An overview of the operational, strategic and conceptual framework
Author: Carlene Firmin
Contextual Safeguarding is an approach to understanding, and responding to, young people’s experiences of significant harm beyond their families. It recognises that the different relationships that young people form in their neighbourhoods, schools and online can feature violence and abuse. Parents and carers have little influence over these contexts, and young people’s experiences of extra-familial abuse can undermine parent-child relationships. Therefore children’s social care practitioners need to engage with individuals and sectors who do have influence over/within extra- familial contexts, and recognise that assessment of, and intervention with, these spaces are a critical part of safeguarding practices. Contextual Safeguarding, therefore, expands the objectives of child protection systems in recognition that young people are vulnerable to abuse in a range of social contexts.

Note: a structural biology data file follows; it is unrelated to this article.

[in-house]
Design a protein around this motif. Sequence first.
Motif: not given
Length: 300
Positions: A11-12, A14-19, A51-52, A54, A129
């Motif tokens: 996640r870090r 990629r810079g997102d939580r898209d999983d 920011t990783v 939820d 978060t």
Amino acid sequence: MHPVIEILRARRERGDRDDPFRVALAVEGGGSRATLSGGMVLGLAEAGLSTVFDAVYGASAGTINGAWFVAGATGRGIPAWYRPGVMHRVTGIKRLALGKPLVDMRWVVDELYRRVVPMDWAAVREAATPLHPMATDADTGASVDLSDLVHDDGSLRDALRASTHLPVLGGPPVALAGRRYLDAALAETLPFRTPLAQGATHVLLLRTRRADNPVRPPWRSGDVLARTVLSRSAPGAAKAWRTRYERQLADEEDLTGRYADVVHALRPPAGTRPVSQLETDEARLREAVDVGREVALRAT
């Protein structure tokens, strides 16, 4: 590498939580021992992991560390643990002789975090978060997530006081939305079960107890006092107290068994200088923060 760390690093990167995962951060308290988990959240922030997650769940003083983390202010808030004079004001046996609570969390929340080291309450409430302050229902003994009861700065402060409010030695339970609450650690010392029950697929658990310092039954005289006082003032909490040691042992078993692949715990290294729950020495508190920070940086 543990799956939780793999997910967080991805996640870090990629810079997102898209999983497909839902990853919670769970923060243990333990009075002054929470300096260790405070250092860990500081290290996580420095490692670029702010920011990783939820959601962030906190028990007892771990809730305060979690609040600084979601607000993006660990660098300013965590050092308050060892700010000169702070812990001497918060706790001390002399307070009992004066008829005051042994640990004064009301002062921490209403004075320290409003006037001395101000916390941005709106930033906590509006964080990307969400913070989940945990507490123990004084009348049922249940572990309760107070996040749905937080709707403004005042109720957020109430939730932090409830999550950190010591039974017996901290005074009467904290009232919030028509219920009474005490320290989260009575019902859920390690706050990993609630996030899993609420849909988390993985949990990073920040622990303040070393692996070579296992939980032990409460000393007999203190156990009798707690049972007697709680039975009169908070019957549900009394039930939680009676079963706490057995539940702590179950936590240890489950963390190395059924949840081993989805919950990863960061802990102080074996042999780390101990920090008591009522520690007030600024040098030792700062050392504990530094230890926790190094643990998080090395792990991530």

Contextual Safeguarding has been developed at the University of Bedfordshire over the past six years to inform policy and practice approaches to safeguarding adolescents. Initially emerging from a three-year review of operational responses to peer-on-peer abusei, Contextual Safeguarding provides a framework to advance child protection and safeguarding responses to a range of extra-familial risks that compromise the safety and welfare of young people. This briefing collates and summarises learning from multiple publications on the subject of Contextual Safeguarding with particular reference to the:
1. International evidence on why context is important to adolescent welfare
2. Contextual Safeguarding framework with specific reference to how contexts relate to each other and inform young people’s behaviours
3. Contextual Safeguarding system and the role of contextual interventions
4. Implications of Contextual Safeguarding for child protection systems and practices